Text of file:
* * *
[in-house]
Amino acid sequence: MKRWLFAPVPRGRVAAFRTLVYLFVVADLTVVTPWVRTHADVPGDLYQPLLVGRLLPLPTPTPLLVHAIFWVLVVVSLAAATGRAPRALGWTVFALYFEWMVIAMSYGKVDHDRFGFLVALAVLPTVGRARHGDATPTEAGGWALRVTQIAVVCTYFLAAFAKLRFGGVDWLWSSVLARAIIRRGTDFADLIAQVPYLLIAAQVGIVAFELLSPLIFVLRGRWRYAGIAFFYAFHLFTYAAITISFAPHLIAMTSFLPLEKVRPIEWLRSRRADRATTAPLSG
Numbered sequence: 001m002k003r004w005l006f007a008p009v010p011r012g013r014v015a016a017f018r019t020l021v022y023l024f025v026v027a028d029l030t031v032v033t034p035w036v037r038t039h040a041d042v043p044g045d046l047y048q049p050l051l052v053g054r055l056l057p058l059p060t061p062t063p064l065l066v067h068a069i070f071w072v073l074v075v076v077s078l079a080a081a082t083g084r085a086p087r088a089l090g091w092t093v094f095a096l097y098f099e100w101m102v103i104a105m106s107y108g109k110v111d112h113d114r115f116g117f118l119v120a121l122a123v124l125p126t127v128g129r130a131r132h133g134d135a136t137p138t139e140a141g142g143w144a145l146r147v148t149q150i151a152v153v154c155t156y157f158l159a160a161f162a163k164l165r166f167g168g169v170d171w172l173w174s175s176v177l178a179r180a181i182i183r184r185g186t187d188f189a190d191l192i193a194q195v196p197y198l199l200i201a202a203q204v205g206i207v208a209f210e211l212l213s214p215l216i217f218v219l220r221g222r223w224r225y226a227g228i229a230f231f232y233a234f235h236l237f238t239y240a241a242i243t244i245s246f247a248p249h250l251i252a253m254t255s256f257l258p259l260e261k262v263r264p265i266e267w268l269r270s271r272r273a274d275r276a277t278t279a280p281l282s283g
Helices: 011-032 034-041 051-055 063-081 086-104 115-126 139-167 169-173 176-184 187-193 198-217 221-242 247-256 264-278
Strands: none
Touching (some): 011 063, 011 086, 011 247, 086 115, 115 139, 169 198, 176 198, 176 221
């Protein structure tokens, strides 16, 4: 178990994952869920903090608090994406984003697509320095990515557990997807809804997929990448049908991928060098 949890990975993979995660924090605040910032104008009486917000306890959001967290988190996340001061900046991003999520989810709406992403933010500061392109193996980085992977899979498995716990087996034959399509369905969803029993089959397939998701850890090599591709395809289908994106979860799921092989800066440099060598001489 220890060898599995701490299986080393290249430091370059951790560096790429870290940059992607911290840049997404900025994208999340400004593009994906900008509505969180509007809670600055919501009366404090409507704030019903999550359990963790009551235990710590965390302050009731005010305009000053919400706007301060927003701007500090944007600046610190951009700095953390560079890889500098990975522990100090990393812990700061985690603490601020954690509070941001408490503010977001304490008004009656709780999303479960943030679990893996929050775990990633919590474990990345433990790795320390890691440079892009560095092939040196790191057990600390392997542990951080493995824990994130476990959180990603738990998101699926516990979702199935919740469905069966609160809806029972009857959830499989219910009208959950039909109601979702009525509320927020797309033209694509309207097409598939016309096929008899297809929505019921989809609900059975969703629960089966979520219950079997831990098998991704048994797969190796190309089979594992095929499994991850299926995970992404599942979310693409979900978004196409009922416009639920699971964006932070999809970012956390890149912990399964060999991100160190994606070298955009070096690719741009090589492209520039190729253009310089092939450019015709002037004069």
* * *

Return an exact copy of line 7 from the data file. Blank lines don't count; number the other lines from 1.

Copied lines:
């Protein structure tokens, strides 16, 4: 178990994952869920903090608090994406984003697509320095990515557990997807809804997929990448049908991928060098 949890990975993979995660924090605040910032104008009486917000306890959001967290988190996340001061900046991003999520989810709406992403933010500061392109193996980085992977899979498995716990087996034959399509369905969803029993089959397939998701850890090599591709395809289908994106979860799921092989800066440099060598001489 220890060898599995701490299986080393290249430091370059951790560096790429870290940059992607911290840049997404900025994208999340400004593009994906900008509505969180509007809670600055919501009366404090409507704030019903999550359990963790009551235990710590965390302050009731005010305009000053919400706007301060927003701007500090944007600046610190951009700095953390560079890889500098990975522990100090990393812990700061985690603490601020954690509070941001408490503010977001304490008004009656709780999303479960943030679990893996929050775990990633919590474990990345433990790795320390890691440079892009560095092939040196790191057990600390392997542990951080493995824990994130476990959180990603738990998101699926516990979702199935919740469905069966609160809806029972009857959830499989219910009208959950039909109601979702009525509320927020797309033209694509309207097409598939016309096929008899297809929505019921989809609900059975969703629960089966979520219950079997831990098998991704048994797969190796190309089979594992095929499994991850299926995970992404599942979310693409979900978004196409009922416009639920699971964006932070999809970012956390890149912990399964060999991100160190994606070298955009070096690719741009090589492209520039190729253009310089092939450019015709002037004069």